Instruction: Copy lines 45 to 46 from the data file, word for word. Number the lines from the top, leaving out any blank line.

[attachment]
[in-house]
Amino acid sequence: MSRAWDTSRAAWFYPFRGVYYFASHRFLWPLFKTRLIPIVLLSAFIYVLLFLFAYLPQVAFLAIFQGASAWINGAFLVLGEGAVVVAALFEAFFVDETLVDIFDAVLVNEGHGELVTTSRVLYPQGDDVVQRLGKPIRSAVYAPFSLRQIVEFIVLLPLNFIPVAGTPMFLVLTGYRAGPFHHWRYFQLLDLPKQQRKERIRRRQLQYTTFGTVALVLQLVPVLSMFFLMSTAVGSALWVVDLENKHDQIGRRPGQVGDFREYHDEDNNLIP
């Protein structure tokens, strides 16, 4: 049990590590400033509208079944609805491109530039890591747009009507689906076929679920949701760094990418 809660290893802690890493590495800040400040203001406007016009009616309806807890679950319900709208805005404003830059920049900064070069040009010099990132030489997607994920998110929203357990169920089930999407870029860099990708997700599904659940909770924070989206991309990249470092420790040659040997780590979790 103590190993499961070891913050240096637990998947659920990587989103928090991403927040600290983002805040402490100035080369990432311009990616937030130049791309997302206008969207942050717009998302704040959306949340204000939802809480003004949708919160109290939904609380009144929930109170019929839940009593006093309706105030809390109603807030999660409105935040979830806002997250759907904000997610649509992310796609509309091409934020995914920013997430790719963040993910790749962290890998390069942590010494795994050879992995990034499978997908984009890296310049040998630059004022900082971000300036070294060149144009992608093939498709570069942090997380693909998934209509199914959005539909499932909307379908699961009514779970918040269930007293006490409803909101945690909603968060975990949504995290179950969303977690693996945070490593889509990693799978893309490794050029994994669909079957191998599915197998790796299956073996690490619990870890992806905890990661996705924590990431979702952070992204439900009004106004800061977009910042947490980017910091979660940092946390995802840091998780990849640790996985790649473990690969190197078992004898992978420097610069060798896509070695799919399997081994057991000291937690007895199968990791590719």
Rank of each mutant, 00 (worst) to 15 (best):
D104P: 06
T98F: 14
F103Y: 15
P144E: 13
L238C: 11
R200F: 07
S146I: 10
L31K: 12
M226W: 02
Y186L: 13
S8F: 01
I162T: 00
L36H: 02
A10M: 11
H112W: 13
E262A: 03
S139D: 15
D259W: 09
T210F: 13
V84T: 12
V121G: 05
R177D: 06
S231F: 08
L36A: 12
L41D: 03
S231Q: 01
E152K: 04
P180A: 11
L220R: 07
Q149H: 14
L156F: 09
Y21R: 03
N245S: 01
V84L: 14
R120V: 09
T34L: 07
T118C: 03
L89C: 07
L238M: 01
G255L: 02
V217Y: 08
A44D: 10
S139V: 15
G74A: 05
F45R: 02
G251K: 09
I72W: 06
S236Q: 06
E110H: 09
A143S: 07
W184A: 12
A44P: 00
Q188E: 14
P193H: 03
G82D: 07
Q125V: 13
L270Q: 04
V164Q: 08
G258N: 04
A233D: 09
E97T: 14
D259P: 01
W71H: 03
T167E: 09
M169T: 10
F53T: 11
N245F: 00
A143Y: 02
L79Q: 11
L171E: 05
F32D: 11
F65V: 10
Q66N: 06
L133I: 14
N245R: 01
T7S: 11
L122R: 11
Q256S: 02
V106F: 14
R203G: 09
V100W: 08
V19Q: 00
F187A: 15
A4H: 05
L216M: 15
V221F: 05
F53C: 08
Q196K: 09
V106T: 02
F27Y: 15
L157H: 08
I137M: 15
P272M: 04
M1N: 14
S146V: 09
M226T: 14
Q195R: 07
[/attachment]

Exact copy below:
V217Y: 08
A44D: 10